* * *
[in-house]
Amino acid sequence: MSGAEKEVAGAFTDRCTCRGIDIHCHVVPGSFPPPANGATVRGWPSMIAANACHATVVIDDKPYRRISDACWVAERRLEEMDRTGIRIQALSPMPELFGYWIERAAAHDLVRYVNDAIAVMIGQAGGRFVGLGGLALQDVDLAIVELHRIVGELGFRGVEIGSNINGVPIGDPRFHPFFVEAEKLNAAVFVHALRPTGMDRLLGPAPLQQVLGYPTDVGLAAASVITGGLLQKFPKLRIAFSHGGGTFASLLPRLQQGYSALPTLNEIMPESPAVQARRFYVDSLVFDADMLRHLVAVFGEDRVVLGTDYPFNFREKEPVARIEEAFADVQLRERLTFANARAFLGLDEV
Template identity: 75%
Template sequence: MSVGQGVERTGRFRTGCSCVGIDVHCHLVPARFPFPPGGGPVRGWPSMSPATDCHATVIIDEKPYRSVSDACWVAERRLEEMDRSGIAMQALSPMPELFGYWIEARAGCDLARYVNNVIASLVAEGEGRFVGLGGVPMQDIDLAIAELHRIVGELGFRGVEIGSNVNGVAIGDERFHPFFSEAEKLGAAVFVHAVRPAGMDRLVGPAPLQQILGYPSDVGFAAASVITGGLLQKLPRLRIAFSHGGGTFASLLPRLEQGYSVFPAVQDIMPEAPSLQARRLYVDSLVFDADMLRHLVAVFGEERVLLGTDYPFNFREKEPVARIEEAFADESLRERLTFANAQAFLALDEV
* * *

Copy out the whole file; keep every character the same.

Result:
[in-house]
Amino acid sequence: MSGAEKEVAGAFTDRCTCRGIDIHCHVVPGSFPPPANGATVRGWPSMIAANACHATVVIDDKPYRRISDACWVAERRLEEMDRTGIRIQALSPMPELFGYWIERAAAHDLVRYVNDAIAVMIGQAGGRFVGLGGLALQDVDLAIVELHRIVGELGFRGVEIGSNINGVPIGDPRFHPFFVEAEKLNAAVFVHALRPTGMDRLLGPAPLQQVLGYPTDVGLAAASVITGGLLQKFPKLRIAFSHGGGTFASLLPRLQQGYSALPTLNEIMPESPAVQARRFYVDSLVFDADMLRHLVAVFGEDRVVLGTDYPFNFREKEPVARIEEAFADVQLRERLTFANARAFLGLDEV
Template identity: 75%
Template sequence: MSVGQGVERTGRFRTGCSCVGIDVHCHLVPARFPFPPGGGPVRGWPSMSPATDCHATVIIDEKPYRSVSDACWVAERRLEEMDRSGIAMQALSPMPELFGYWIEARAGCDLARYVNNVIASLVAEGEGRFVGLGGVPMQDIDLAIAELHRIVGELGFRGVEIGSNVNGVAIGDERFHPFFSEAEKLGAAVFVHAVRPAGMDRLVGPAPLQQILGYPSDVGFAAASVITGGLLQKLPRLRIAFSHGGGTFASLLPRLEQGYSVFPAVQDIMPEAPSLQARRLYVDSLVFDADMLRHLVAVFGEERVLLGTDYPFNFREKEPVARIEEAFADESLRERLTFANAQAFLALDEV